Skip to comments.Virginia’s Goode could be Romney’s undoing
Posted on 07/24/2012 6:28:39 PM PDT by xzins
While many on the right fear that Constitution Party presidential candidate Virgil Goode might just draw enough votes in his native Virginia to tip the Old Dominions 14 electoral votes from Mitt Romney to Barack Obama, the former six-term congressman made it clear he doesnt care.
Goode, in fact, feels that in many ways, for conservatives, it might be better to have Obama as president next year rather than Romney.
The 65-year-old Goode spoke to Human Events last week as he and his supporters were in the process of gathering the 10,000 signatures they need to submit before the Aug. 24 deadline to qualify for Virginias November ballot. Founded by Conservative Caucus chairman and venerable conservative leader Howard Phillips, the Constitution Party is so far on the ballot in 17 states. Right now, Goode told us, the party is making attempts to secure ballot positions in other key states such as Arkansas, Alabama, Iowa, Kentucky, and Pennsylvania the home state of the Constitution Partys vice presidential nominee Jim Clymer.
But what has clearly set off alarm bells among conservatives lately is the scenario of Goode making the ballot in Virginia where he won the 5th District U.S. House seat as a Democrat, Independent, and Republican from 1996 until his narrow defeat in 2008. Polls show the state, which Obama narrowly carried over John McCain in 2008, seesawing between the president and his Republican opponent in 2012. A just-completed Quinnipiac Poll showed Obama and Romney tied among likely Virginia voters, with each getting 44 percent down from Obamas 47 to 42 percent edge in the same poll in June.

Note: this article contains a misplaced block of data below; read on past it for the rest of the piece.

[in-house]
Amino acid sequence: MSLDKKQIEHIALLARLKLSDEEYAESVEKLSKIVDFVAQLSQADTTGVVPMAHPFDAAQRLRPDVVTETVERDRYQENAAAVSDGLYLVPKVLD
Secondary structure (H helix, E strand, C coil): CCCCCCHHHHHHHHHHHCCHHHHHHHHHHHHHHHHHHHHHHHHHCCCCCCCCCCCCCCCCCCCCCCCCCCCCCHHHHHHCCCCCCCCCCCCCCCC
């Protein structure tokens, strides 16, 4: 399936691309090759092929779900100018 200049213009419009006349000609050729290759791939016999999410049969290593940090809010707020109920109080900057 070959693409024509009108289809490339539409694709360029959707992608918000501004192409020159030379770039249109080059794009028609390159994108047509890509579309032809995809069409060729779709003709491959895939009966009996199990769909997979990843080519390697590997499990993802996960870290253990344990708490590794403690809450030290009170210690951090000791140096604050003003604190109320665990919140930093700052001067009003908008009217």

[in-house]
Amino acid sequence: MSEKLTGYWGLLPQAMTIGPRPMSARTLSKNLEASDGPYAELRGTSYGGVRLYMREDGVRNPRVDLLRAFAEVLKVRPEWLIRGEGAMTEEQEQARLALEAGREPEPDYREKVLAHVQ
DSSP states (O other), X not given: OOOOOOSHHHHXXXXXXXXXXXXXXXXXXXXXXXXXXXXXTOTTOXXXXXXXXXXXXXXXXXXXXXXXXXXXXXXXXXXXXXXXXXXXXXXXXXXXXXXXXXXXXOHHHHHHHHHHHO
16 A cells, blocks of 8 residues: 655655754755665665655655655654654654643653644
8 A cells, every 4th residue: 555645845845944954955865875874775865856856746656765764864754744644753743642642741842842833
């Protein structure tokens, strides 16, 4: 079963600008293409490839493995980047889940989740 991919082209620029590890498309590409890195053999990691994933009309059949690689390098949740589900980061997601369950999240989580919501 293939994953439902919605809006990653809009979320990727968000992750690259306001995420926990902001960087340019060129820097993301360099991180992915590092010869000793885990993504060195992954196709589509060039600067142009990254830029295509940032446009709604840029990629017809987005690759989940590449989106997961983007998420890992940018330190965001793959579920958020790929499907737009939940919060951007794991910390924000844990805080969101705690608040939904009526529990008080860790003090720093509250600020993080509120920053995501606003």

Of particular concern to Republicans is Goodes strength in his home turf: the Danville-Charlottesville area that he represented in Congress and previously as state senator. Four years after he lost the closest House race, the former congressman remains popular in his former turf. In addition, his hard-line stance on immigration, strong emphasis on limited government and focus on following the U.S. Constitution seems more likely to woo Virginians who would otherwise vote for Romney than those inclined to Obama.
If Im on the ballot in Virginia, I could cost Obama a lot of votes possibly as much as or even more than Romney, Goode told us, repeating a line that many third party contenders have taken over the years. There are a lot of life-long Democrats (in the Fifth District) who say theyll hold their nose and vote for Obama. But as the fellow in the filling station up the road told me, Im a Democrat, but if youre on the ballot, Virgil, Im voting for you.
We recalled how much as it was widely interpreted that Obamas victory by a plurality over John McCain in North Carolina in 2008 was due to votes for Libertarian Bob Barr. We then pointed out to Goode that, regardless of his interpretation, pundits and political analysts would almost certainly interpret a narrow Obama win in Virginia to a strong Goode showing and asked how he would feel then.
In many ways, for conservatives, it might be better to have Obama as president next year rather than Romney, replied Goode, explaining that it would be tougher to get through Congress some bad things under Obama than it would under Romney.
Take one for the team? Not me brother!